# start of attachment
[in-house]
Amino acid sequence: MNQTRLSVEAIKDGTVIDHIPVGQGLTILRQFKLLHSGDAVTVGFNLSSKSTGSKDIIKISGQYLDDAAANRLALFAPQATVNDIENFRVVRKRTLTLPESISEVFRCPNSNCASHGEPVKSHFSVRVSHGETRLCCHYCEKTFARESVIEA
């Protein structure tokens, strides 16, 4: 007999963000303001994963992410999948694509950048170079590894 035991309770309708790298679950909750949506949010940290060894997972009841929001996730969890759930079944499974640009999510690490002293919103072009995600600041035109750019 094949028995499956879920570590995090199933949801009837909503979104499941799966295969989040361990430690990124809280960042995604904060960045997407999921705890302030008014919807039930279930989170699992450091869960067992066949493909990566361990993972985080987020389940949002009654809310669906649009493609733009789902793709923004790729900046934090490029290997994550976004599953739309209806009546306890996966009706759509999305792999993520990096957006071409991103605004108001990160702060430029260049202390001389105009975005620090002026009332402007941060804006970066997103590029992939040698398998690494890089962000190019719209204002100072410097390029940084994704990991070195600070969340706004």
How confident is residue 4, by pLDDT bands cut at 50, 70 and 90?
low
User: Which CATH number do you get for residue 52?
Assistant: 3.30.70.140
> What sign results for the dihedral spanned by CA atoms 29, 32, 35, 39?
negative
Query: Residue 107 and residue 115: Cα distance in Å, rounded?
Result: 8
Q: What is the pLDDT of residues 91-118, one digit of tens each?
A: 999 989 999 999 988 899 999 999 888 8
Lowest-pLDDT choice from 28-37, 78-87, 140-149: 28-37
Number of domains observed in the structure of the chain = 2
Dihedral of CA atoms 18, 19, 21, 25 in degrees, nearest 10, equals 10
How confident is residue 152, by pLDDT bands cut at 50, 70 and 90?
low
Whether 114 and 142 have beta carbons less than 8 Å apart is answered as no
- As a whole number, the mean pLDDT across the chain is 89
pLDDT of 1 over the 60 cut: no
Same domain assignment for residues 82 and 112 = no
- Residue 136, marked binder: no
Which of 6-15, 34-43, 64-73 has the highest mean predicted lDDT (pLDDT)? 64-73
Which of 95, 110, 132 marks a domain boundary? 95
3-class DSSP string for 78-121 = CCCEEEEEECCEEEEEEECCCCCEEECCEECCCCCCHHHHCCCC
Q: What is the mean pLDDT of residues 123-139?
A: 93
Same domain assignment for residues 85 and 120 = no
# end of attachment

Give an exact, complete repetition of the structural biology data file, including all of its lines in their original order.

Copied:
[in-house]
Amino acid sequence: MNQTRLSVEAIKDGTVIDHIPVGQGLTILRQFKLLHSGDAVTVGFNLSSKSTGSKDIIKISGQYLDDAAANRLALFAPQATVNDIENFRVVRKRTLTLPESISEVFRCPNSNCASHGEPVKSHFSVRVSHGETRLCCHYCEKTFARESVIEA
């Protein structure tokens, strides 16, 4: 007999963000303001994963992410999948694509950048170079590894 035991309770309708790298679950909750949506949010940290060894997972009841929001996730969890759930079944499974640009999510690490002293919103072009995600600041035109750019 094949028995499956879920570590995090199933949801009837909503979104499941799966295969989040361990430690990124809280960042995604904060960045997407999921705890302030008014919807039930279930989170699992450091869960067992066949493909990566361990993972985080987020389940949002009654809310669906649009493609733009789902793709923004790729900046934090490029290997994550976004599953739309209806009546306890996966009706759509999305792999993520990096957006071409991103605004108001990160702060430029260049202390001389105009975005620090002026009332402007941060804006970066997103590029992939040698398998690494890089962000190019719209204002100072410097390029940084994704990991070195600070969340706004």
How confident is residue 4, by pLDDT bands cut at 50, 70 and 90?
low
User: Which CATH number do you get for residue 52?
Assistant: 3.30.70.140
> What sign results for the dihedral spanned by CA atoms 29, 32, 35, 39?
negative
Query: Residue 107 and residue 115: Cα distance in Å, rounded?
Result: 8
Q: What is the pLDDT of residues 91-118, one digit of tens each?
A: 999 989 999 999 988 899 999 999 888 8
Lowest-pLDDT choice from 28-37, 78-87, 140-149: 28-37
Number of domains observed in the structure of the chain = 2
Dihedral of CA atoms 18, 19, 21, 25 in degrees, nearest 10, equals 10
How confident is residue 152, by pLDDT bands cut at 50, 70 and 90?
low
Whether 114 and 142 have beta carbons less than 8 Å apart is answered as no
- As a whole number, the mean pLDDT across the chain is 89
pLDDT of 1 over the 60 cut: no
Same domain assignment for residues 82 and 112 = no
- Residue 136, marked binder: no
Which of 6-15, 34-43, 64-73 has the highest mean predicted lDDT (pLDDT)? 64-73
Which of 95, 110, 132 marks a domain boundary? 95
3-class DSSP string for 78-121 = CCCEEEEEECCEEEEEEECCCCCEEECCEECCCCCCHHHHCCCC
Q: What is the mean pLDDT of residues 123-139?
A: 93
Same domain assignment for residues 85 and 120 = no